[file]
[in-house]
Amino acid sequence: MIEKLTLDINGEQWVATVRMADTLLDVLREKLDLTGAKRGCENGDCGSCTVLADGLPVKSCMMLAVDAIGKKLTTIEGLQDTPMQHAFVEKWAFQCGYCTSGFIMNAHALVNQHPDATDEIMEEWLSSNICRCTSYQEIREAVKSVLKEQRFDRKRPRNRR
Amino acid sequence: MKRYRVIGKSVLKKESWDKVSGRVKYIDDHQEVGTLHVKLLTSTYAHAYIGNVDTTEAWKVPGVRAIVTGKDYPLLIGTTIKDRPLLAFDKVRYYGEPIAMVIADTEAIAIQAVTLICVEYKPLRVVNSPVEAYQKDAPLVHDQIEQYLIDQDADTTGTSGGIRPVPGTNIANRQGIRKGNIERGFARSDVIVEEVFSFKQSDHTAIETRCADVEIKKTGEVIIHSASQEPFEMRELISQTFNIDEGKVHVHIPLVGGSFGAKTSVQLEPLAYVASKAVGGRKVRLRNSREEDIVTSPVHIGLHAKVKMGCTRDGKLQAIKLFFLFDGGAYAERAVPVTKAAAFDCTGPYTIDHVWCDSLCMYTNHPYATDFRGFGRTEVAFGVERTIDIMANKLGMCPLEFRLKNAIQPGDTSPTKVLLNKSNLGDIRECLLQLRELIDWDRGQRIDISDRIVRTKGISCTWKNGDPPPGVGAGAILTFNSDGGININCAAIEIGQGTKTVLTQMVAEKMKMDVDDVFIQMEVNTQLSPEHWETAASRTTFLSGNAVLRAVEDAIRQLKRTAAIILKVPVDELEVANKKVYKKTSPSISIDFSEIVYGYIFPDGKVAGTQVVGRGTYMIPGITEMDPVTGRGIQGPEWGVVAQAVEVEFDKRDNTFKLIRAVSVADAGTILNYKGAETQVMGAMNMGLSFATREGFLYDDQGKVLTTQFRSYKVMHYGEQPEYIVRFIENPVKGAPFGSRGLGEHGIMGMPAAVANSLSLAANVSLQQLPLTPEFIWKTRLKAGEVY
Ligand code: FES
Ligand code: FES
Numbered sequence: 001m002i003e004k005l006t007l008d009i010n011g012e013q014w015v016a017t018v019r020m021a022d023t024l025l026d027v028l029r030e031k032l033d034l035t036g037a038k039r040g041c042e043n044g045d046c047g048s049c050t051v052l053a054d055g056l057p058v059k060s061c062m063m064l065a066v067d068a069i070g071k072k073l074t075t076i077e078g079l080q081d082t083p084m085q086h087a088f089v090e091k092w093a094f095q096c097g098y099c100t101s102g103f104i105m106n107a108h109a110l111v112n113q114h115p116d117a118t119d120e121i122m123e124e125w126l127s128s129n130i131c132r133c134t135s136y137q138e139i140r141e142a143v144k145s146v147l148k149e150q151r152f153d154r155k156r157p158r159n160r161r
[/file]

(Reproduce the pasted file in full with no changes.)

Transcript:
[in-house]
Amino acid sequence: MIEKLTLDINGEQWVATVRMADTLLDVLREKLDLTGAKRGCENGDCGSCTVLADGLPVKSCMMLAVDAIGKKLTTIEGLQDTPMQHAFVEKWAFQCGYCTSGFIMNAHALVNQHPDATDEIMEEWLSSNICRCTSYQEIREAVKSVLKEQRFDRKRPRNRR
Amino acid sequence: MKRYRVIGKSVLKKESWDKVSGRVKYIDDHQEVGTLHVKLLTSTYAHAYIGNVDTTEAWKVPGVRAIVTGKDYPLLIGTTIKDRPLLAFDKVRYYGEPIAMVIADTEAIAIQAVTLICVEYKPLRVVNSPVEAYQKDAPLVHDQIEQYLIDQDADTTGTSGGIRPVPGTNIANRQGIRKGNIERGFARSDVIVEEVFSFKQSDHTAIETRCADVEIKKTGEVIIHSASQEPFEMRELISQTFNIDEGKVHVHIPLVGGSFGAKTSVQLEPLAYVASKAVGGRKVRLRNSREEDIVTSPVHIGLHAKVKMGCTRDGKLQAIKLFFLFDGGAYAERAVPVTKAAAFDCTGPYTIDHVWCDSLCMYTNHPYATDFRGFGRTEVAFGVERTIDIMANKLGMCPLEFRLKNAIQPGDTSPTKVLLNKSNLGDIRECLLQLRELIDWDRGQRIDISDRIVRTKGISCTWKNGDPPPGVGAGAILTFNSDGGININCAAIEIGQGTKTVLTQMVAEKMKMDVDDVFIQMEVNTQLSPEHWETAASRTTFLSGNAVLRAVEDAIRQLKRTAAIILKVPVDELEVANKKVYKKTSPSISIDFSEIVYGYIFPDGKVAGTQVVGRGTYMIPGITEMDPVTGRGIQGPEWGVVAQAVEVEFDKRDNTFKLIRAVSVADAGTILNYKGAETQVMGAMNMGLSFATREGFLYDDQGKVLTTQFRSYKVMHYGEQPEYIVRFIENPVKGAPFGSRGLGEHGIMGMPAAVANSLSLAANVSLQQLPLTPEFIWKTRLKAGEVY
Ligand code: FES
Ligand code: FES
Numbered sequence: 001m002i003e004k005l006t007l008d009i010n011g012e013q014w015v016a017t018v019r020m021a022d023t024l025l026d027v028l029r030e031k032l033d034l035t036g037a038k039r040g041c042e043n044g045d046c047g048s049c050t051v052l053a054d055g056l057p058v059k060s061c062m063m064l065a066v067d068a069i070g071k072k073l074t075t076i077e078g079l080q081d082t083p084m085q086h087a088f089v090e091k092w093a094f095q096c097g098y099c100t101s102g103f104i105m106n107a108h109a110l111v112n113q114h115p116d117a118t119d120e121i122m123e124e125w126l127s128s129n130i131c132r133c134t135s136y137q138e139i140r141e142a143v144k145s146v147l148k149e150q151r152f153d154r155k156r157p158r159n160r161r